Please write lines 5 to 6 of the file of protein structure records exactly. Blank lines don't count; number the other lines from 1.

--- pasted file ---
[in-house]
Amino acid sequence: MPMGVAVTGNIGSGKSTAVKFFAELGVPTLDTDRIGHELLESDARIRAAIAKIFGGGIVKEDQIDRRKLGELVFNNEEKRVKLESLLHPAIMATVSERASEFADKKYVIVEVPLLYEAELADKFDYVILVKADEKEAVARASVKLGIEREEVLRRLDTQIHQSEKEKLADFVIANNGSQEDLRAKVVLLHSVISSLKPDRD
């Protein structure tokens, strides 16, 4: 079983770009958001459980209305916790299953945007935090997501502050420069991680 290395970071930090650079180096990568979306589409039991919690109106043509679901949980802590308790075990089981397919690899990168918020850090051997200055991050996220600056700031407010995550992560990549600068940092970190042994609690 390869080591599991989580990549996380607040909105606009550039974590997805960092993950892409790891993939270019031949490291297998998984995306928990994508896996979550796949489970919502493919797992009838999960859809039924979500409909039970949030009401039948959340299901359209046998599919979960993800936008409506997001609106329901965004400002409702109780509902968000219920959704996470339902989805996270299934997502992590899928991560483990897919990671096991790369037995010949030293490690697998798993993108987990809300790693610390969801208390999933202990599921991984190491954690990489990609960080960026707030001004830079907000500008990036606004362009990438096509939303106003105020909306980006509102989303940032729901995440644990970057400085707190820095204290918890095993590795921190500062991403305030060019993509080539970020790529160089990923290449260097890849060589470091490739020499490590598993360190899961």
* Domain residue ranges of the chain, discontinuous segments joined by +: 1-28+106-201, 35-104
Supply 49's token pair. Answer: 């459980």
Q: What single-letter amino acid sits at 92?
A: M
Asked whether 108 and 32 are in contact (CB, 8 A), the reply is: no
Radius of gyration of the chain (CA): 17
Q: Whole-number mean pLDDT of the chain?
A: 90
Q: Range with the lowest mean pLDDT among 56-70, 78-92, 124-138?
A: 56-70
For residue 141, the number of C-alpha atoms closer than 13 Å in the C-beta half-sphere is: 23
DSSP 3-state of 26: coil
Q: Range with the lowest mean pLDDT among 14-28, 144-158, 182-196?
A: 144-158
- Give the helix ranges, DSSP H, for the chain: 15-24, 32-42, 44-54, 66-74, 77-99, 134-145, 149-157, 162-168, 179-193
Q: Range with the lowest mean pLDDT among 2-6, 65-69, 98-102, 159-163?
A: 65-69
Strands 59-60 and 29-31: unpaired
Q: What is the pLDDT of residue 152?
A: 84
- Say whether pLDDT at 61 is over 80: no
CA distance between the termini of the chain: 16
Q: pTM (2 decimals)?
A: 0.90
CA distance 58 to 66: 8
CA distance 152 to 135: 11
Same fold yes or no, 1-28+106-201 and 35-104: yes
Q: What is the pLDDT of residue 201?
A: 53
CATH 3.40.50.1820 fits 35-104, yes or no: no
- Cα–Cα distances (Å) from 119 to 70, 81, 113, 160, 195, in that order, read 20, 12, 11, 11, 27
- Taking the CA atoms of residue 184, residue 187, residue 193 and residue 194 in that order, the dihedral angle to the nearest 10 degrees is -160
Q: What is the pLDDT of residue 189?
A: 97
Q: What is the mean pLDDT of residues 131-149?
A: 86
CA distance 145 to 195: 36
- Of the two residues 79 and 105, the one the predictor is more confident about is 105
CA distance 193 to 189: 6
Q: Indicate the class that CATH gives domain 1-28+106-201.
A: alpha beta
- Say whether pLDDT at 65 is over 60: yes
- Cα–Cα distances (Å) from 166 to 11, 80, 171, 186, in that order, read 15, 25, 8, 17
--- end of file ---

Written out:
Supply 49's token pair. Answer: 């459980």
Q: What single-letter amino acid sits at 92?